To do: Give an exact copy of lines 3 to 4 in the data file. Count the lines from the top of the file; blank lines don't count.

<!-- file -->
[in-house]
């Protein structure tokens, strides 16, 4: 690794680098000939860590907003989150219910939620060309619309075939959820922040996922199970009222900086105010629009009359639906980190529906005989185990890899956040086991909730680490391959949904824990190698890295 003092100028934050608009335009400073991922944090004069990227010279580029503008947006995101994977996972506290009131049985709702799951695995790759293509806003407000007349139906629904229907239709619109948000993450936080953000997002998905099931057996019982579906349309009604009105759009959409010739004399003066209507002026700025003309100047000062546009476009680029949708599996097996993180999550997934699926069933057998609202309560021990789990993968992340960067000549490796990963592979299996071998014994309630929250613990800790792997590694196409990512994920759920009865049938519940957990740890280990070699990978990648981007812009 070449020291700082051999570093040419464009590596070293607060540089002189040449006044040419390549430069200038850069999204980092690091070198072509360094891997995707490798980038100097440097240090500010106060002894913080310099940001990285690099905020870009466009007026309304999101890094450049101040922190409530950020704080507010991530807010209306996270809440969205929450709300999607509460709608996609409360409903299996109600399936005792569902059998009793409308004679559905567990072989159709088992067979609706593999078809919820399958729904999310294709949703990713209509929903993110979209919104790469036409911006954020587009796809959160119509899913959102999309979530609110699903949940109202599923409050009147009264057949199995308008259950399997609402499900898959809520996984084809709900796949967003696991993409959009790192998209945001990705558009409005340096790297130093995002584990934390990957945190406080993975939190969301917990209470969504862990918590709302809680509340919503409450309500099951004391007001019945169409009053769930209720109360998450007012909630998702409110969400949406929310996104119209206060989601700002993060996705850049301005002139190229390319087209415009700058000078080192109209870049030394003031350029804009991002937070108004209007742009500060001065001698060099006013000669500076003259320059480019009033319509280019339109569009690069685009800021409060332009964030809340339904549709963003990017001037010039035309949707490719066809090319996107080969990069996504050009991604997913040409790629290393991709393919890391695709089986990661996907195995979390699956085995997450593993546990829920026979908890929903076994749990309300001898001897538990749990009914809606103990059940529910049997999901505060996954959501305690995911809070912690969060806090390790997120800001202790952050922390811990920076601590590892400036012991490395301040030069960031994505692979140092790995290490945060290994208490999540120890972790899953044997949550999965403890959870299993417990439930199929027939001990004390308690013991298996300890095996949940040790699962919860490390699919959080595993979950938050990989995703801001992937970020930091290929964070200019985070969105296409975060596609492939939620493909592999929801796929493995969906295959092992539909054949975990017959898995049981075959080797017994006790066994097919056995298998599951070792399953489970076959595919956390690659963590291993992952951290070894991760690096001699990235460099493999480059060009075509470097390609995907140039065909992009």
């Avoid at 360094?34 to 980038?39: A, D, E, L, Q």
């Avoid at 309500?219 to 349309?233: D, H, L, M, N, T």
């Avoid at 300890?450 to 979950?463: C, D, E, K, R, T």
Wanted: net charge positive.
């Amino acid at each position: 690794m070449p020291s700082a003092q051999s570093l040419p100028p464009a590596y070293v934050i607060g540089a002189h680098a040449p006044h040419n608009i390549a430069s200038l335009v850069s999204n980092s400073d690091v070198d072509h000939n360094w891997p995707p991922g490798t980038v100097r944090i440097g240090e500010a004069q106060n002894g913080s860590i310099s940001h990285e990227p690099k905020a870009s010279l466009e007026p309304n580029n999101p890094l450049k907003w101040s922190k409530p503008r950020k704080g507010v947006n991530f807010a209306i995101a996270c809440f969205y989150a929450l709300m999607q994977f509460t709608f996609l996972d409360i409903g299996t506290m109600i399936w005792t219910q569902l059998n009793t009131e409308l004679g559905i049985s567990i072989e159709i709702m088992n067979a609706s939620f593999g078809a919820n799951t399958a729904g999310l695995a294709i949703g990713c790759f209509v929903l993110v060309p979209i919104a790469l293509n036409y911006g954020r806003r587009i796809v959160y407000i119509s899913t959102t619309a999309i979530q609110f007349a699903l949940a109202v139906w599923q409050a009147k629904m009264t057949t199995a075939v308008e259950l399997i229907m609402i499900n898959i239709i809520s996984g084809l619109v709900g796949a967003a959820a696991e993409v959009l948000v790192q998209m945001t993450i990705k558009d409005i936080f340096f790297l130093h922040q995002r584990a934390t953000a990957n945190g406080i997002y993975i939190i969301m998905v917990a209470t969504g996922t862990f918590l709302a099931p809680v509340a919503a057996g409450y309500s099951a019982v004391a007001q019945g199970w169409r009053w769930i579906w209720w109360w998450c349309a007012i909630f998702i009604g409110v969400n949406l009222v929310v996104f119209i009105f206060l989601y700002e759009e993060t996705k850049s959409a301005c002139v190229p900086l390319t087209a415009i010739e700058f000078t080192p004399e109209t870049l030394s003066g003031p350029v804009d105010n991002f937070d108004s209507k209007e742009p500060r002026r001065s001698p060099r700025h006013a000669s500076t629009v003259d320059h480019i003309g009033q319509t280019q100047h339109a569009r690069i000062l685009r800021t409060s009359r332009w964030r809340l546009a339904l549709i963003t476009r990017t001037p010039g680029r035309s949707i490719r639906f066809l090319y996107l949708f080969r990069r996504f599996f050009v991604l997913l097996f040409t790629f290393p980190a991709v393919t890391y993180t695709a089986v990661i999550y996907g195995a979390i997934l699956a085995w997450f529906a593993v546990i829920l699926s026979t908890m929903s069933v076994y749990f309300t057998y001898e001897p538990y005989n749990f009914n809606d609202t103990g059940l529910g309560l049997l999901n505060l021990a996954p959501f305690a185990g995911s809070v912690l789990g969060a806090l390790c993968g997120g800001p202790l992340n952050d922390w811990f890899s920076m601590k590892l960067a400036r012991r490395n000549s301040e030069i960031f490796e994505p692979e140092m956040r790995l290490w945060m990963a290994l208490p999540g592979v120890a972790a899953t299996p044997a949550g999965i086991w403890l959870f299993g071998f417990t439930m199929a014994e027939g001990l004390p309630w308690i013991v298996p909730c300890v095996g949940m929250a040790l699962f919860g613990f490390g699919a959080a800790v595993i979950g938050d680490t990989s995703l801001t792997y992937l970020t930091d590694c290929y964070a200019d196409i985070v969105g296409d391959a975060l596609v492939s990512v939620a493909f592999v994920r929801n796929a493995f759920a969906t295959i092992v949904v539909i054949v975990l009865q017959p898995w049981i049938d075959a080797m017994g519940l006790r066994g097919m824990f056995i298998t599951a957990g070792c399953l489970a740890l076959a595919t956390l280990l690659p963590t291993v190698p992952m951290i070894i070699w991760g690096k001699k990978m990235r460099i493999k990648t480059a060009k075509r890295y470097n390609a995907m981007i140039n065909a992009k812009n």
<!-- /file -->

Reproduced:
């Avoid at 360094?34 to 980038?39: A, D, E, L, Q």
């Avoid at 309500?219 to 349309?233: D, H, L, M, N, T």